Scania has signed an agreement with the Ivorian Ministry of Transport and SOTRA, the Abidjan Transport Company, to deliver 450 buses. The bus delivery forms part of a major initiative to upgrade SOTRA’s fleet and improve public transport in Abidjan, Côte d’Ivoire.
“With this agreement, Scania further strengthens its position in West Africa as a provider of sustainable solutions for urban mobility,” says Anna Carmo e Silva, Head of Buses and Coaches at Scania. “Over the past few years, Scania has successfully participated in improving urban mobility in Ghana and Nigeria. Based on that experience, we now look forward to a long-term partnership in providing better public transport services also in Abidjan.” The agreement includes upgrading bus depots and vocational training of drivers and service technicians.
Scania will supply 400 low-entry 13-metre buses and 50 18-metre articulated buses, bodybuilt by Marcopolo. The articulated buses will be fuelled by compressed gas. The buses will partly be deployed along the Boulevard Latrille Bus Rapid Transit system, which will form part of a future BRT system in Abidjan. It is estimated that the population of Greater Abidjan will increase to 7.7 million by 2030. By expanding public transport services through BRT, the aim is that two-thirds of the residents in 2030 will have access to the city centre within an hour.
A group of Swedish and French companies and institutions are presently engaged in sustainable public transport initiatives in Abidjan. Team Sweden with the Ministry of Foreign Affairs, Business Sweden, Swedfund, the Swedish Export Credit Agency, EKN, and the Swedish Export Credit Corporation, SEK, have supported with capacity building and financing.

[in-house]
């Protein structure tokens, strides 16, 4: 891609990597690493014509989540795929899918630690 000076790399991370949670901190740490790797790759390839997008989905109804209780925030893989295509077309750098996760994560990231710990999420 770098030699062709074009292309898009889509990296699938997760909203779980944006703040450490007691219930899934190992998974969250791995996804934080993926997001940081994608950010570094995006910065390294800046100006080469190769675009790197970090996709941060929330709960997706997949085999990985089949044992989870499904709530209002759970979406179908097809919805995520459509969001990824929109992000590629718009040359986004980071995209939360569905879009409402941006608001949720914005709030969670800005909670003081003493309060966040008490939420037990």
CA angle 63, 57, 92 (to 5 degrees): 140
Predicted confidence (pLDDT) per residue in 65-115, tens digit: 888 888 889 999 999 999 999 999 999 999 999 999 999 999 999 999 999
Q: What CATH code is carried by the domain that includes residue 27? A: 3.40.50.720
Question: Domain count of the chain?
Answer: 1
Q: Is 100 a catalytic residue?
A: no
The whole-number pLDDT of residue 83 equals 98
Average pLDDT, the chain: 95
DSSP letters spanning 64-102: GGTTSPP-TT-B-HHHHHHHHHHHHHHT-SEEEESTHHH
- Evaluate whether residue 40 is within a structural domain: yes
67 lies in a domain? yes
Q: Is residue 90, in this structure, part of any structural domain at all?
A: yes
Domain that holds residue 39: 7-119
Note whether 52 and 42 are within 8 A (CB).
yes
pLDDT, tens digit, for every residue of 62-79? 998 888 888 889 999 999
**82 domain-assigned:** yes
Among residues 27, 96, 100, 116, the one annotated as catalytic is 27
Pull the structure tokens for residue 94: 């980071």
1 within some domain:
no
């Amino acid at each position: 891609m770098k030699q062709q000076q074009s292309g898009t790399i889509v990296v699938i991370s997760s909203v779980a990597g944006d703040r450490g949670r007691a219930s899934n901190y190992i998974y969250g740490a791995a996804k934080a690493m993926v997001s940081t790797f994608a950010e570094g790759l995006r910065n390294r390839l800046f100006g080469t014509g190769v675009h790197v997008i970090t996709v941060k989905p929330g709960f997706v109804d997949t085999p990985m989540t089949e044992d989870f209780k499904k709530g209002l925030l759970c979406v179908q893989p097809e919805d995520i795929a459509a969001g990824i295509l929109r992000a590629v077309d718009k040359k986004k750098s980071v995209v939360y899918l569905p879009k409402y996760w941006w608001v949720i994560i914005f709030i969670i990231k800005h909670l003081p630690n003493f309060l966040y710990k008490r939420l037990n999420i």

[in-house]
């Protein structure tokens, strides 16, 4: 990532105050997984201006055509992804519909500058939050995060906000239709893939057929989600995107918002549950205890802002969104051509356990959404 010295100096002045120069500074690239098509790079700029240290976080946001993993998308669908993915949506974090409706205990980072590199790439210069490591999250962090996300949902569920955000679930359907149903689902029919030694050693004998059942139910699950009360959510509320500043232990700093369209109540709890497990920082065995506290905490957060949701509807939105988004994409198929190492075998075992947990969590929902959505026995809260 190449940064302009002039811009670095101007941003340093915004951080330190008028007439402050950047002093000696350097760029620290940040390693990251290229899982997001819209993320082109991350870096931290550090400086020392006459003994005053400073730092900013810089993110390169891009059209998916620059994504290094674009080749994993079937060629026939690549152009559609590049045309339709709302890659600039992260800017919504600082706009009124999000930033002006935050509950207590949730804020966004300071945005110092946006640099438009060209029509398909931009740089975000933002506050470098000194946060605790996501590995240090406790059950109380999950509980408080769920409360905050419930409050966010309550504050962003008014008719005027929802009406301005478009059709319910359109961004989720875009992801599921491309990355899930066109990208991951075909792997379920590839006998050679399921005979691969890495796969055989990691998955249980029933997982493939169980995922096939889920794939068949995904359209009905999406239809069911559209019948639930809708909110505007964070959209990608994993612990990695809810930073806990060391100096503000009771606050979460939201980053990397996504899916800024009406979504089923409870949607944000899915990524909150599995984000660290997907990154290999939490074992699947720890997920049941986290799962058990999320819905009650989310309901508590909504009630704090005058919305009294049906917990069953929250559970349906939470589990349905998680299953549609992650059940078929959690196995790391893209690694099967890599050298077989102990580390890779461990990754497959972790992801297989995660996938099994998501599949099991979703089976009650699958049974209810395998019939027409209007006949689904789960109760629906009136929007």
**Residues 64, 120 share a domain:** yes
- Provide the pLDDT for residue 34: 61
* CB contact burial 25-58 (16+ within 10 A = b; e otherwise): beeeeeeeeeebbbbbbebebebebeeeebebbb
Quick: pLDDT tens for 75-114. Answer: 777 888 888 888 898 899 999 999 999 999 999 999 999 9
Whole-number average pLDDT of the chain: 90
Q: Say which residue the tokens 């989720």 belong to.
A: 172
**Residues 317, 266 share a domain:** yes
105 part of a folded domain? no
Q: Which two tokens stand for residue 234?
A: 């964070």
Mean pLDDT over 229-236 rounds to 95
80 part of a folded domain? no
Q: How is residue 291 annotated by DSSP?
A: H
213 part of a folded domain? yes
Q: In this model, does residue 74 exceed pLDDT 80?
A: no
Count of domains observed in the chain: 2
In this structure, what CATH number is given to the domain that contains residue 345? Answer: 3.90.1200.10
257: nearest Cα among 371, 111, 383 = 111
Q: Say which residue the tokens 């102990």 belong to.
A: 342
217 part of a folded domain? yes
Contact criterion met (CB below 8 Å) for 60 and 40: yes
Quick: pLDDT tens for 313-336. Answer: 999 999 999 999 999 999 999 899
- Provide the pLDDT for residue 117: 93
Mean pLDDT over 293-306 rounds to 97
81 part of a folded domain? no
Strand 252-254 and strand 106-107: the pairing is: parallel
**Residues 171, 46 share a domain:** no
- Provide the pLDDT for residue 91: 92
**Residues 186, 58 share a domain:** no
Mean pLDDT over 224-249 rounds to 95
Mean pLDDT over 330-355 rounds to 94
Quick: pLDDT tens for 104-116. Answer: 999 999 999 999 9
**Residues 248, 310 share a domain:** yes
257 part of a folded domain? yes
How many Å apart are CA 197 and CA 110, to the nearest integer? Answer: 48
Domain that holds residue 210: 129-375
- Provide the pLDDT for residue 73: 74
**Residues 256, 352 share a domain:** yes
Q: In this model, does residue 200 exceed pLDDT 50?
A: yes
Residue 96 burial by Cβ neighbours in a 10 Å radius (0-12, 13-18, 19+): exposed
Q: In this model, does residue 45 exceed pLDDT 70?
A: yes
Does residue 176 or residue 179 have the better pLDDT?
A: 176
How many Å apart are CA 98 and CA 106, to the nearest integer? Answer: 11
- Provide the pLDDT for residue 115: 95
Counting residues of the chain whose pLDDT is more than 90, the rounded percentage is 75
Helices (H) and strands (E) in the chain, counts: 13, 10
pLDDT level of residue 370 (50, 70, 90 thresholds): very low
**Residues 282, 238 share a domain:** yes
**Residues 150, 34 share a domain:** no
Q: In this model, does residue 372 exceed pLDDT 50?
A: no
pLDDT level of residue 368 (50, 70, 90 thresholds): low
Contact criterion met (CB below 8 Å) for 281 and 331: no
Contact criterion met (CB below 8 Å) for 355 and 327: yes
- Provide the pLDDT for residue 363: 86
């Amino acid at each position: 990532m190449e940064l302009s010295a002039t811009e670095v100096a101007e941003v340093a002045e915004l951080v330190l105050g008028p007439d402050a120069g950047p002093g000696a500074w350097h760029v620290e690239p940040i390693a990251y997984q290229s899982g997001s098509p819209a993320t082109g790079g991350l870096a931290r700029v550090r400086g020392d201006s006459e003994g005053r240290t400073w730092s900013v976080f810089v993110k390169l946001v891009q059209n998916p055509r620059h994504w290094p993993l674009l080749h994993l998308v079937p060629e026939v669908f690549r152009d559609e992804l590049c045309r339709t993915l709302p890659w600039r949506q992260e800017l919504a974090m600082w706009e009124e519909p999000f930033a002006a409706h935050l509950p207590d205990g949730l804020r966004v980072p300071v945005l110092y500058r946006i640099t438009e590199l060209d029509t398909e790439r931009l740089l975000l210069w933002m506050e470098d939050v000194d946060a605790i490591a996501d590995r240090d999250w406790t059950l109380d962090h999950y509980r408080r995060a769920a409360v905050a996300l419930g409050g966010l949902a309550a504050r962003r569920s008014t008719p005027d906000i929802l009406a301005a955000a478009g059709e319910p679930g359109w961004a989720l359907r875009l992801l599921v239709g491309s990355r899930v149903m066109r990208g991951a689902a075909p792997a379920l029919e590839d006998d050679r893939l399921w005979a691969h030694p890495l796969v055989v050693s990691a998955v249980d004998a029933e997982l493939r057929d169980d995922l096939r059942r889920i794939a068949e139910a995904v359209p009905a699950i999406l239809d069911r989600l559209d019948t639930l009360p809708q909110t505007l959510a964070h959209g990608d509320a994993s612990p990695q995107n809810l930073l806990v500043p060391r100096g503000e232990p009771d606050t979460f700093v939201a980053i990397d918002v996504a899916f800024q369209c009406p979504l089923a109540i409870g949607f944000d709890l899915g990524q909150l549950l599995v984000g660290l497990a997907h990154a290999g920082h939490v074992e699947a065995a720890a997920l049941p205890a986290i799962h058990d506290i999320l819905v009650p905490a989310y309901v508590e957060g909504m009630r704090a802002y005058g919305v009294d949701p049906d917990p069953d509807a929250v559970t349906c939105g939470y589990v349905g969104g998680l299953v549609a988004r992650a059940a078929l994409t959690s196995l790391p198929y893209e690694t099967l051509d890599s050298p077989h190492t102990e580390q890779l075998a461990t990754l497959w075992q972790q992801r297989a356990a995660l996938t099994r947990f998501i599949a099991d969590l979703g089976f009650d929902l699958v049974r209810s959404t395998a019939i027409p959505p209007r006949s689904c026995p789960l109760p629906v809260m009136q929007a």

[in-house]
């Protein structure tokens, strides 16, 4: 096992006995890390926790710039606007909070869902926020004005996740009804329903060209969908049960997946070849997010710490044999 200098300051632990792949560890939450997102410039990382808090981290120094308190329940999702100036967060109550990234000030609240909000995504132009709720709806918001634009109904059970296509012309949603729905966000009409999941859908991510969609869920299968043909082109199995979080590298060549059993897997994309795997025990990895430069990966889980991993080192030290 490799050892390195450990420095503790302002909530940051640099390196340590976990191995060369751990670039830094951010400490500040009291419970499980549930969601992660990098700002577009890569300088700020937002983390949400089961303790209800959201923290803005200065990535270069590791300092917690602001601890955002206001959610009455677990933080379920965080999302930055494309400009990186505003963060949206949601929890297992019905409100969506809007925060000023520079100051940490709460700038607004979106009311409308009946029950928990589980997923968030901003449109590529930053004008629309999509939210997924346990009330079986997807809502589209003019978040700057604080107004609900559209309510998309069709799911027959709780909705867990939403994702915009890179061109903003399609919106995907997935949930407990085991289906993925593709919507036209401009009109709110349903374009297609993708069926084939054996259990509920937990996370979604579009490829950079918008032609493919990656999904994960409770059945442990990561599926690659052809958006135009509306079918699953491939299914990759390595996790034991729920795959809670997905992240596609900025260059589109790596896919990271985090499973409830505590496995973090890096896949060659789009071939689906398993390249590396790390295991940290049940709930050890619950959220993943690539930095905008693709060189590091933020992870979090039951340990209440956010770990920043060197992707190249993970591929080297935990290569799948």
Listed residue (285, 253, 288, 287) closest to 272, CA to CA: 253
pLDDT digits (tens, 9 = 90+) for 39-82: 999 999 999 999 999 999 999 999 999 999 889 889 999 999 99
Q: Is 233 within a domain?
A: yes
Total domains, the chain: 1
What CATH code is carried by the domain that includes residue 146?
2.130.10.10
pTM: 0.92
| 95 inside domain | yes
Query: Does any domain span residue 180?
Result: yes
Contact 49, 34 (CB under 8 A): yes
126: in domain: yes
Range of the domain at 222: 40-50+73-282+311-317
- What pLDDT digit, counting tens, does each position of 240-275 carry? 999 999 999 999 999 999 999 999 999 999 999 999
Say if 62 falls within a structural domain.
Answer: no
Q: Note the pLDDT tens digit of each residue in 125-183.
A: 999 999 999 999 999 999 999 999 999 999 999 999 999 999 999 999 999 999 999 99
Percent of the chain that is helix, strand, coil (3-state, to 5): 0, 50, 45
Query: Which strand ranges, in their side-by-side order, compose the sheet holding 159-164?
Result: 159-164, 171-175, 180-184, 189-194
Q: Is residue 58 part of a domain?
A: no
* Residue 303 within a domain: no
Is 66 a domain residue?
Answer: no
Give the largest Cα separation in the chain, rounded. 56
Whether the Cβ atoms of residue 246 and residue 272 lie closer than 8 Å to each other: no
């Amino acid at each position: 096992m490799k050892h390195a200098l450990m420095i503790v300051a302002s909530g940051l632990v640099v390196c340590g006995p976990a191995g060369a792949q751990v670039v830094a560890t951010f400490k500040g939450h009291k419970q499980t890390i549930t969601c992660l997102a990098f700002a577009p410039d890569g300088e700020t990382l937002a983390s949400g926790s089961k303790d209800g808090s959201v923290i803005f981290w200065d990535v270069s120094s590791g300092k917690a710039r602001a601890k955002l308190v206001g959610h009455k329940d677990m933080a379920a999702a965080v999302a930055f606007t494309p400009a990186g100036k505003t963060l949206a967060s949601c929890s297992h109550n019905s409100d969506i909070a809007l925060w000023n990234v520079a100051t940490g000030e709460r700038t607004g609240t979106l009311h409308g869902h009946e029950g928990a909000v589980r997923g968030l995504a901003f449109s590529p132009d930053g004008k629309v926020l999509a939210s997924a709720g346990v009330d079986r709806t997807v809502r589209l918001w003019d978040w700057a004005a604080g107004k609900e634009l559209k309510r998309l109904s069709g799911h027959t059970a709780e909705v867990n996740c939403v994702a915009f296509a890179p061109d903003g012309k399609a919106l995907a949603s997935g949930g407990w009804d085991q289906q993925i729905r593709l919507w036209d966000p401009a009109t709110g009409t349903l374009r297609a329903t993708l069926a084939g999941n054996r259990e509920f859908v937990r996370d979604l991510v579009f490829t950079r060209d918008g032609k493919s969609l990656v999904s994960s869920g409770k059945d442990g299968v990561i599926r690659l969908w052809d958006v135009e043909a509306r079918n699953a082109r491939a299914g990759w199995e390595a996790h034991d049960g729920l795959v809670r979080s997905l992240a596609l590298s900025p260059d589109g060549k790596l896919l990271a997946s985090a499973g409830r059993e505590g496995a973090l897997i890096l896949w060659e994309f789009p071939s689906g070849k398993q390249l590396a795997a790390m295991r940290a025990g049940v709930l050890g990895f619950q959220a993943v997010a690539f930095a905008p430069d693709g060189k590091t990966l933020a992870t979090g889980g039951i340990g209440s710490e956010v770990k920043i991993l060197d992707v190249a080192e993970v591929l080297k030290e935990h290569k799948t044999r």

“I am really pleased that we have taken the first step in this important effort and I am looking forward to an even closer collaboration between Sweden and Côte d’Ivoire,” says Maria Leissner, Ambassador of Sweden to Côte d’Ivoire.
“Côte d’Ivoire has demonstrated an impressive economic growth these recent years and has now started investing in a stronger infrastructure for continued growth. This is evidence of the higher investment activity I see in the whole region of West Africa with an increased attention from Swedish companies,” says Anthonia Adenaya Huard, Regional Director for West Africa at Business Sweden who has been working with this collaboration since 2015.
Scania, in collaboration with Agence Nationale d'Appui au Développement Rural (ANADER), has initiated a feasibility study funded by Swedfund, the Swedish Development Finance Institution, to assess the opportunities for producing local biofuels from agricultural waste from cocoa, rubber and banana cultivation. Côte d’Ivoire is by far the world’s largest cocoa producer.